The growing income inequality in America is a significant issue and requires serious discussion, not so much to identify where to place blame, but rather to identify how to respond to this growing divide and its consequences. Here are a few notes to consider on income inequality:
It is growing. There are many measures that indicate the substantial growth of income inequality. From 1979 to 2007, the lowest quintile (fifth) of Americans have seen their income grow by 18%, whereas the highest quintile of Americans have seen their income grow by 275%, with the top 1% making up a large proportion of that growth.
Since 1996, the divide has grown more significantly – The lowest 20% of earners saw their after-tax income reduced by 6% and middle incomes grew by about 10% during this time, while the incomes of the top 20% rose by 38% and the incomes of the top 1% saw a 74% rise in after-tax income. The incomes of the richest 0.1% nearly doubled (96% increase).
As a contrast, average family income annual growth rates from 1947-1973 were about 2.5%. From 1979-2007, those growth rates shrank to 1%, while the top 1% saw its growth rate increase from just over 1% in the former period to almost 4% in the latter. Furthermore, if median incomes had matched per capita GDP rate growth from 1979-2007 (as it did from 1947-1973), then median family incomes would have been $91,000 in 2007, rather than $61,000.
It is the government’s fault. The combination of a long program of tax cuts and financial deregulation, policies which have disproportionately favored the rich, contributed to the growth in the income divide, while the government did little to promote policies that could have strengthened the middle class. In 1986, former President Ronald Reagan signed legislation that increased the capital gains tax to 28%, eliminating the divide between the highest capital gains tax rates and the highest salaried income tax rates. This legislation slowed the increase in income inequality. However, this was short lived, and income inequality began to grow steadily until 2003, when former President George W. Bush cut tax rates broadly and decreased the top capital gains rate to a historically low 15%, causing the income divide to significantly expand.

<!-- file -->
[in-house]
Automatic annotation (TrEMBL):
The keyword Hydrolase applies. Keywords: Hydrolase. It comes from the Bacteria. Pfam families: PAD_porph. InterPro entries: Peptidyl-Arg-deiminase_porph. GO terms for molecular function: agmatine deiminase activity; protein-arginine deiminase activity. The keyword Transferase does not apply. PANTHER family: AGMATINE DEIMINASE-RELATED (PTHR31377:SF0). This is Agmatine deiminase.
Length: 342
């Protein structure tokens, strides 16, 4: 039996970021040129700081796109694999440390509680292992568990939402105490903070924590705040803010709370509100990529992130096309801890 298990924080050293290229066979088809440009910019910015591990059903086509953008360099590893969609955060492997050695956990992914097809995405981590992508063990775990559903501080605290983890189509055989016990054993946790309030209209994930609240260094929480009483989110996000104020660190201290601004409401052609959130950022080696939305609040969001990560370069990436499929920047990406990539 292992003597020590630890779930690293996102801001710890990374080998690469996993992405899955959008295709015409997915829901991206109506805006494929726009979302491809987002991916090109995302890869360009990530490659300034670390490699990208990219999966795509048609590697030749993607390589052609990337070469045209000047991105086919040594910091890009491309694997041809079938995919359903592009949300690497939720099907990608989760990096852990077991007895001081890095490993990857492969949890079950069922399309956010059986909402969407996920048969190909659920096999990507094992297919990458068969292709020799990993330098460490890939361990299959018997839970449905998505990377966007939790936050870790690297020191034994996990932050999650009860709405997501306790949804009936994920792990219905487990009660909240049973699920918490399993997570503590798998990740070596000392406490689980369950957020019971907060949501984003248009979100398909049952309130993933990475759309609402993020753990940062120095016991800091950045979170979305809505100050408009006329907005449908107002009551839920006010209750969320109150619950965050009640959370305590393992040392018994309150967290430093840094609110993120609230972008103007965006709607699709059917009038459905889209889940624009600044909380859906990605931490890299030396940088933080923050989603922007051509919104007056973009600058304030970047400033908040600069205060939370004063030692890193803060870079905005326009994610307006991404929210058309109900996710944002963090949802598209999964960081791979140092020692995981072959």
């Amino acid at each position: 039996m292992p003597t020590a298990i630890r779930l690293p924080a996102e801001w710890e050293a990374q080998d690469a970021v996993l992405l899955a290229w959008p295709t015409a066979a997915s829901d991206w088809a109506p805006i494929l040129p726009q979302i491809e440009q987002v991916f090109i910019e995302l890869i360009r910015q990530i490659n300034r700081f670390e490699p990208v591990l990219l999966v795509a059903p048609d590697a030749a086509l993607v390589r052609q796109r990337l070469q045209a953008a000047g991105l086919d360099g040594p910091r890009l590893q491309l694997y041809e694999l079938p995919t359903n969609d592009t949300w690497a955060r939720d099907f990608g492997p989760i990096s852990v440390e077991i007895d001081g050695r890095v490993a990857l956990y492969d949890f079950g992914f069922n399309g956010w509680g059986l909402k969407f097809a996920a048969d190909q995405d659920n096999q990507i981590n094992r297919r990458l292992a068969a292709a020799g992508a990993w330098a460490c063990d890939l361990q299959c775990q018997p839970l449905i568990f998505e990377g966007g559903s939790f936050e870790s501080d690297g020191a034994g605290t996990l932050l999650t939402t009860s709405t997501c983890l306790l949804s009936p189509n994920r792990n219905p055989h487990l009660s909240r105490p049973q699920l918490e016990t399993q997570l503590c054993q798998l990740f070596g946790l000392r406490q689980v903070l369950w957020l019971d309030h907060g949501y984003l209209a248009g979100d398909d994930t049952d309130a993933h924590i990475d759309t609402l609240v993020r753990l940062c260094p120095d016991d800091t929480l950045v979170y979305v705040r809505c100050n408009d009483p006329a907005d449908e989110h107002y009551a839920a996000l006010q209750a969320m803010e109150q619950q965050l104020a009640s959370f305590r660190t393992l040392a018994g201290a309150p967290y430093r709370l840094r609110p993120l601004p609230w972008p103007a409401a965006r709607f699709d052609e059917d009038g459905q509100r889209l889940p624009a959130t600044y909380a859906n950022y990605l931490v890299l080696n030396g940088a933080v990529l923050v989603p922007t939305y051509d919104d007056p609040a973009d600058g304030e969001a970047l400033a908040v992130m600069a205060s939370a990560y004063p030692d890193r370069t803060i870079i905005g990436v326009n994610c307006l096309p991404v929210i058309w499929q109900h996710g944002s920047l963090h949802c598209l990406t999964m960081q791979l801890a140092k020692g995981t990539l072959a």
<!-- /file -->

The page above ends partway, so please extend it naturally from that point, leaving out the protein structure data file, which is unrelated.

The problem with the cuts in capital gains taxes, among other past tax cuts, is that it disproportionately affects the richest Americans. In 2008, the 400 richest taxpayers received only 8% of their income in the form of salaries and wages, while they received 60% in the form of capital gains. The overwhelming majority of Americans earned 72% of their income through salaries and wages, while only receiving 5% in the form of capital gains. This trend is not a recent one – more than 80% of the capital gains income realized over the past 20 years has gone to 5% of the population, and about half of all earnings have gone to the top 0.1%.
Those who argue for cuts to capital gains suggest that a high rate on such income discourages investment and limits job growth. However, under historically low tax rates during George W. Bush’s tenure, neither job growth nor economic growth rates came close to those sustained under the higher tax rates of the Clinton Administration. Indeed, the connection between lower tax rates and higher growth is not supported in recent U.S. economic history.
But not entirely. The government clearly had a role in exacerbating the income divide. However, data on the income divide show that it would have grown – albeit more slowly – even if tax policies hadn’t changed. The stagnation and reduction of middle and lower incomes would have occurred without the shifts in tax or deregulatory policy. Larger global and national economic trends have led to the stagnation and reduction of middle and lower incomes. These trends include: the combined effects of technological development, globalization and trade on middle and lower class workers; the upward pressure on salaries of advanced degree jobs in technology, finance, and business; the decline of labor unions, and the stagnation in the real minimum wage, among other trends.